Search Images Maps Play YouTube News Gmail Drive More »
Sign in
Screen reader users: click this link for accessible mode. Accessible mode has the same essential features but works better with your reader.

Patents

  1. Advanced Patent Search
Publication numberUS20030231244 A1
Publication typeApplication
Application numberUS 10/421,663
Publication dateDec 18, 2003
Filing dateApr 22, 2003
Priority dateApr 22, 2002
Publication number10421663, 421663, US 2003/0231244 A1, US 2003/231244 A1, US 20030231244 A1, US 20030231244A1, US 2003231244 A1, US 2003231244A1, US-A1-20030231244, US-A1-2003231244, US2003/0231244A1, US2003/231244A1, US20030231244 A1, US20030231244A1, US2003231244 A1, US2003231244A1
InventorsVictor Bonilla, James McCabe
Original AssigneeBonilla Victor G., Mccabe James W.
Export CitationBiBTeX, EndNote, RefMan
External Links: USPTO, USPTO Assignment, Espacenet
Method and system for manipulating a field of view of a video image from a remote vehicle
US 20030231244 A1
Abstract
A method and system for manipulating a field of view of a video image from a remote vehicle allow a spectator to issue a field of view command specifying a desired field of view. The method and system are configured to modify the video image to conform to the field of view command. The method and system may modify the video image by manipulating a video camera. The method and system may also modify the video image by composing the desired field of view image from one or more concurrently generated video images.
Images(10)
Previous page
Next page
Claims(20)
What is claimed is:
1. A method for manipulating a field of view of a video image from a remote vehicle, the method comprising:
transmitting a field of view command;
receiving the field of view command;
manipulating a video camera field of view in accordance with the field of view command, the video camera disposed on a remote vehicle; and
capturing a field of view image with the video camera.
2. The method of claim 1, further comprising manipulating the video camera field of view through a 360° visual space of a remote vehicle field of action.
3. The method of claim 1, further comprising transmitting the field of view image over a network.
4. The method of claim 1, further comprising transmitting the field of view command over the network.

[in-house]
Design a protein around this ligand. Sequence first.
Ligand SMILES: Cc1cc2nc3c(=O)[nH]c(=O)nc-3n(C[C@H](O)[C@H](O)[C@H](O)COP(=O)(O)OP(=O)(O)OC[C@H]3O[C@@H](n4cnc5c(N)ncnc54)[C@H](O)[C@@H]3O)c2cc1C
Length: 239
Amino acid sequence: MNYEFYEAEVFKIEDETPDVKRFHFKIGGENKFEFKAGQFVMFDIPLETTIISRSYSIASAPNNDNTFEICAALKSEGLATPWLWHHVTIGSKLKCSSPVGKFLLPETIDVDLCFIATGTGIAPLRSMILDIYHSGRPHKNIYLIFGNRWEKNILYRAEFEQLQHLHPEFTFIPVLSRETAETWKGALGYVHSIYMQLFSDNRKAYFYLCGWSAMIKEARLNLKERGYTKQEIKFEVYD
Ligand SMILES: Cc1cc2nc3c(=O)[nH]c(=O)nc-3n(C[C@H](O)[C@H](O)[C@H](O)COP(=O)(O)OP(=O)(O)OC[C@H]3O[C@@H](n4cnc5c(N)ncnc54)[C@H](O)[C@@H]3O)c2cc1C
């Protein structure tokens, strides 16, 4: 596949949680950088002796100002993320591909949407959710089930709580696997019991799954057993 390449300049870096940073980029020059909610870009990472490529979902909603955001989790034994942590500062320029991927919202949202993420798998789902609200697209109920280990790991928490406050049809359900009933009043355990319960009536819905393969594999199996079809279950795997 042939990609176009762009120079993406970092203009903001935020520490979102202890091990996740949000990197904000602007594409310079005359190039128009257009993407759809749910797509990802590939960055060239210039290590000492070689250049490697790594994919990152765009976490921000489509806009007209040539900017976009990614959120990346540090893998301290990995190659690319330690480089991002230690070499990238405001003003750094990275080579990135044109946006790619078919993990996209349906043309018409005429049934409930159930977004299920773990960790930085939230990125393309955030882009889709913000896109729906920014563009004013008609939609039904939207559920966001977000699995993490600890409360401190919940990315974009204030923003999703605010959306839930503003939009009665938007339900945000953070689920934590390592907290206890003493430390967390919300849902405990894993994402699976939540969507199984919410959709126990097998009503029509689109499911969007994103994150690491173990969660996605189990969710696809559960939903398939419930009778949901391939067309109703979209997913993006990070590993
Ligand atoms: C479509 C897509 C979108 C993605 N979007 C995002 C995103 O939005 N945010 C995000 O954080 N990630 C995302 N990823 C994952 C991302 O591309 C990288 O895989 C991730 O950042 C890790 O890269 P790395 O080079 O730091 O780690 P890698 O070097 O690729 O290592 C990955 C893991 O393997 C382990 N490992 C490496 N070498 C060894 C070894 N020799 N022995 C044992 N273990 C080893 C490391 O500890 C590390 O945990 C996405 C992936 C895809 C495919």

5. A method for manipulating a video image for a remote vehicle, the method comprising:
capturing a video image from a video camera, the video camera disposed on a remote vehicle;
receiving a field of view command; and
providing a field of view image to a user in accordance with the field of view command.
6. The method of claim 5, further comprising composing the field of view image from the video image in accordance with the field of view command.
7. The method of claim 5, further comprising transmitting the field of view image over a network.
8. The method of claim 5, further comprising transmitting the field of view command over the network.
9. An apparatus for manipulating a field of view of a video image from a remote vehicle, the apparatus comprising:
a remote vehicle;
a video camera disposed on the remote vehicle, the video camera configured to capture a video image of a field of view;
a video camera control module configured to receive a field of view command; and
the video camera control module further configured to manipulate the field of view of the video camera.
10. A system for manipulating a field of view of a video image from a remote vehicle, the system comprising:
a video camera configured to capture a video image, the video camera disposed on a remote vehicle;
a field of view command module configured to transmit a field of view command;
a video camera control module configured to receive a field of view command;
the video camera control module further configured to manipulate the video camera field of view; and
a video transmission module configured to transmit a field of view image.
11. The system of claim 10, wherein the field of view image is transmitted over a network.
12. The system of claim 10, wherein the field of view command is transmitted over the network.
13. A system for manipulating a field of view of a video image for a remote vehicle, the system comprising:
a video camera configured to capture a video image, the video camera disposed on a remote vehicle;
a field of view command module configured to transmit a field of view command;
a field of view control module configured to receive the field of view command; and
a video processing module configured to compose a field of view image from the video image.
14. The system of claim 13, wherein a second field of view image is composed according to a second field of view command.
15. The system of claim 13, wherein the field of view image is transmitted over a network.
16. The system of claim 13, wherein the field of view command is transmitted over the network.
17. An apparatus for manipulating a field of view of a video image from a remote vehicle, the apparatus comprising:
means for transmitting a field of view command;
means for receiving the field of view command;
means for manipulating a video camera field of view according to the field of view command; and